As Barth notes, God is "the basis and the standard of everything that is beautiful and of all the ideas of the beautiful" (656). Also, God's glory is his joy.
We have already said that God’s glory is His overflowing self-communicating joy. By its very nature it is that which gives joy. This is not contradicted by the fact that it can unleash fear and terror. It works by contraries on the man who cannot have it, just as bright light can only blind eyes unaccustomed to it. But the cause in this case is subjective. The objective meaning of God’s glory is His active grace and mercy and patience, His love. In itself and as such it is worthy of love. In and with this quality it speaks and conquers, persuades and convinces. It does not merely assume this quality. It is proper to it. And where it is really recognised, it is recognised in this quality, with its peculiar power and characteristic of giving pleasure, awaking desire, and creating enjoyment (653).
But the question remains: Why also joy, why specifically joy, according to the witness of Holy Scripture? Why not simply awe, gratitude, wonder, submission and obedience? Joy, desire, pleasure, the yearning for God and the enjoyment of having Him in the fellowship with Him which He Himself gives us, is all along something which is obviously special and distinctive in all this. The special element to be noted and considered is that the glory of God is not only great and sublime or holy and gracious, the overflowing of the sovereignty in which God is love. In all this it is a glory that awakens joy, and is itself joyful. It is not merely a glory which is solemn and good and true, and which, in its perfection and sublimity, might be gloomy or at least joyless. Joy in and before God—in its particular nature, distinct from what we mean by awe, gratitude and the rest—has an objective basis. It is something in God, the God of all the perfections, which justifies us in having joy, desire and pleasure towards Him, which indeed obliges, summons and attracts us to do this (655).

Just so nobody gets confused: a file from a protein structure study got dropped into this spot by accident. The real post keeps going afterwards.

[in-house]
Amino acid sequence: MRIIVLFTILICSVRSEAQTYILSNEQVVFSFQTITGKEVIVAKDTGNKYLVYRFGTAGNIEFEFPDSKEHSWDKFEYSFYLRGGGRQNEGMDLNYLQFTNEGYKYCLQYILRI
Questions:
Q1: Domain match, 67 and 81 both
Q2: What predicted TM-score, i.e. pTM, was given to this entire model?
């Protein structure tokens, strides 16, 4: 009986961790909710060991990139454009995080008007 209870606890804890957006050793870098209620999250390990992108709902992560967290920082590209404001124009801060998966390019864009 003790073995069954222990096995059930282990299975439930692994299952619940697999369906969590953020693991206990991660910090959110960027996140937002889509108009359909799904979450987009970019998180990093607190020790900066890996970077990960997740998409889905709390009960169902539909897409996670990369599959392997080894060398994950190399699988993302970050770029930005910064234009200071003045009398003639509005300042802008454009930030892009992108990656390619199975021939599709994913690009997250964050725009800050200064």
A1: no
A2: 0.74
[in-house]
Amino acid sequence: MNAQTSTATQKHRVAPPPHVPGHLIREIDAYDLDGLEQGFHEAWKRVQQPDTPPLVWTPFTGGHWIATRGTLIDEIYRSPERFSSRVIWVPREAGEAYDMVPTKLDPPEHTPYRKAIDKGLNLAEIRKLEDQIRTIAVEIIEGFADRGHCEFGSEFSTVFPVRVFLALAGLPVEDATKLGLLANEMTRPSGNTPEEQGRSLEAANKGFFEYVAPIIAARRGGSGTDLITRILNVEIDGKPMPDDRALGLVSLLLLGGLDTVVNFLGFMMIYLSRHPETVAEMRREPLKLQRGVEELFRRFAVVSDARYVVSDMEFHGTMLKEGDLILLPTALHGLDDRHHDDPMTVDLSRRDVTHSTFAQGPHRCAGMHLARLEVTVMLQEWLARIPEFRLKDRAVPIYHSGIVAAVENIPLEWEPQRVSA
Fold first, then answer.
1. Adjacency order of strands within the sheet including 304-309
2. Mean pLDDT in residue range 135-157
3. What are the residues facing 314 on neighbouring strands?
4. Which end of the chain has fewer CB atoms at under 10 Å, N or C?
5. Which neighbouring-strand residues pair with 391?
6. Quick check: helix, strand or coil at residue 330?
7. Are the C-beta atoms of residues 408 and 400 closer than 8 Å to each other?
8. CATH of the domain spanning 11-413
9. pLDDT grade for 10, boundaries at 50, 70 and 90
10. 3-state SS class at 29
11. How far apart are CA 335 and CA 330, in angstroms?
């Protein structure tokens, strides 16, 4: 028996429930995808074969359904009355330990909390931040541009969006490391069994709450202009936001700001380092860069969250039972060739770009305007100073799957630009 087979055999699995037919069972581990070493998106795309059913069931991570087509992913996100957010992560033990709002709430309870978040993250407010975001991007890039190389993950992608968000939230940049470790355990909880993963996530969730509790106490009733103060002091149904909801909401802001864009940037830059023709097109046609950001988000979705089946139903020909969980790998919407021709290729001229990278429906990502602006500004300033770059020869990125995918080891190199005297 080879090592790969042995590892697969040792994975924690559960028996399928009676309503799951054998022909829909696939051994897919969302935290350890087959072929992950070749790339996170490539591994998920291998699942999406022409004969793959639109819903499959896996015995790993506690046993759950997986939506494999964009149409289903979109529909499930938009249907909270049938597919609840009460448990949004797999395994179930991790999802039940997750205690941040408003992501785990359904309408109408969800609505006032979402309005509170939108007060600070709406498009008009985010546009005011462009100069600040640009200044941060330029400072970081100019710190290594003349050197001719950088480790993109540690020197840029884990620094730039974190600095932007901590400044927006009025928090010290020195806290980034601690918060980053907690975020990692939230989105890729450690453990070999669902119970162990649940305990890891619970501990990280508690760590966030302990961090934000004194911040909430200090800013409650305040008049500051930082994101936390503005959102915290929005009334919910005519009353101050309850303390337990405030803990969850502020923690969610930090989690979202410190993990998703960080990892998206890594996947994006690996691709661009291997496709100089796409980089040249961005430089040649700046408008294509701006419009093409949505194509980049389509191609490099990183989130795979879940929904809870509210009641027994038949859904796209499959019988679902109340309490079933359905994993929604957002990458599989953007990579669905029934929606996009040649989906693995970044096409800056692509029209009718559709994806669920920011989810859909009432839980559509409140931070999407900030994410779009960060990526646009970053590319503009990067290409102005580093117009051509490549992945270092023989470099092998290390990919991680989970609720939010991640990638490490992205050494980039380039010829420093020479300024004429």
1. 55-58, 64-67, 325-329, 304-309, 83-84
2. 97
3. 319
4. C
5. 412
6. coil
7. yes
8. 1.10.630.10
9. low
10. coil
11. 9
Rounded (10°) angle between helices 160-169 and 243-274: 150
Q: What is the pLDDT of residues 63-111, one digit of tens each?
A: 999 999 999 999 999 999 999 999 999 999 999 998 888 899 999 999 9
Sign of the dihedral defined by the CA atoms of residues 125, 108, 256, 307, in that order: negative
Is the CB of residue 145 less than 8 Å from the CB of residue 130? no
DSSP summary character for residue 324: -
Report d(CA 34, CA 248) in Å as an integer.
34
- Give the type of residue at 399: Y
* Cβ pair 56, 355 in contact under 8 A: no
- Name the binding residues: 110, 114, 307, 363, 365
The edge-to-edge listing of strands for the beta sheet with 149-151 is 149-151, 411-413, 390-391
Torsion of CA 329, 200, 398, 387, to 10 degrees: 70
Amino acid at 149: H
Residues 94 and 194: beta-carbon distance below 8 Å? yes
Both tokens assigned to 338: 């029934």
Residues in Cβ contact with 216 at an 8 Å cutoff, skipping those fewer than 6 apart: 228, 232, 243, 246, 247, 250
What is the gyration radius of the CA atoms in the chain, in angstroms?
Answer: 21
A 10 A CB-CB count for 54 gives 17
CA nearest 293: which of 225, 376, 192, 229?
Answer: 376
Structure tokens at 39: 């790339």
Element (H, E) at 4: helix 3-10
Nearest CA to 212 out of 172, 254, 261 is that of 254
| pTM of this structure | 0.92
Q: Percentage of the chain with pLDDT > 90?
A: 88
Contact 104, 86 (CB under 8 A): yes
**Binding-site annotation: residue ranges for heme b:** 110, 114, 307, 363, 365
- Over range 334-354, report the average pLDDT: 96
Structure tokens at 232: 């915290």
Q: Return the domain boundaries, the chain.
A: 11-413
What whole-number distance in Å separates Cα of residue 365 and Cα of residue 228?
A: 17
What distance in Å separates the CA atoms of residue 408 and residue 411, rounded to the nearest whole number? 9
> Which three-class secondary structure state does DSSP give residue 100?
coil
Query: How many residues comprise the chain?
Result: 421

That God is beautiful means that theology is beautiful, and the theologian, more than many, knows what it is to experience joy!
At this point we may refer to the fact that if its task is correctly seen and grasped, theology as a whole, in its parts and in their interconnexion, in its content and method, is, apart from anything else, a peculiarly beautiful science. Indeed, we can confidently say that it is the most beautiful of all the sciences. To find the sciences distasteful is the mark of the Philistine. It is an extreme form of Philistinism to find, or to be able to find, theology distasteful. The theologian who has no joy in his work is not a theologian at all. Sulky faces, morose thoughts and boring ways of speaking are intolerable in this science. May God deliver us from what the Catholic Church reckons one of the seven sins of the monk—taedium—in respect of the great spiritual truths with which theology has to do. But we must know, of course, that it is only God who can keep us from it (656).
God's being Himself speaks for His beauty (656) and His beauty is spoken by His triunity (659-661). The third example of God's beauty is the incarnation (661).
We should not know anything about that which attracts us as the beauty of God’s being and of the triunity of His being, nor should we have any conception or idea of the unity in God of identity and non-identity, simplicity and multiplicity, movement and peace, nor should we have found delight in the vision of His inner life, if this life had not been presented to us in the distinction in which it arouses joy, in the self-representation of God which consists in the fact that He becomes flesh in His eternal Word, that He becomes One with us men in Jesus Christ, that He adopts us into unity with Himself, by Himself, very God, becoming and being very man in Jesus Christ (662).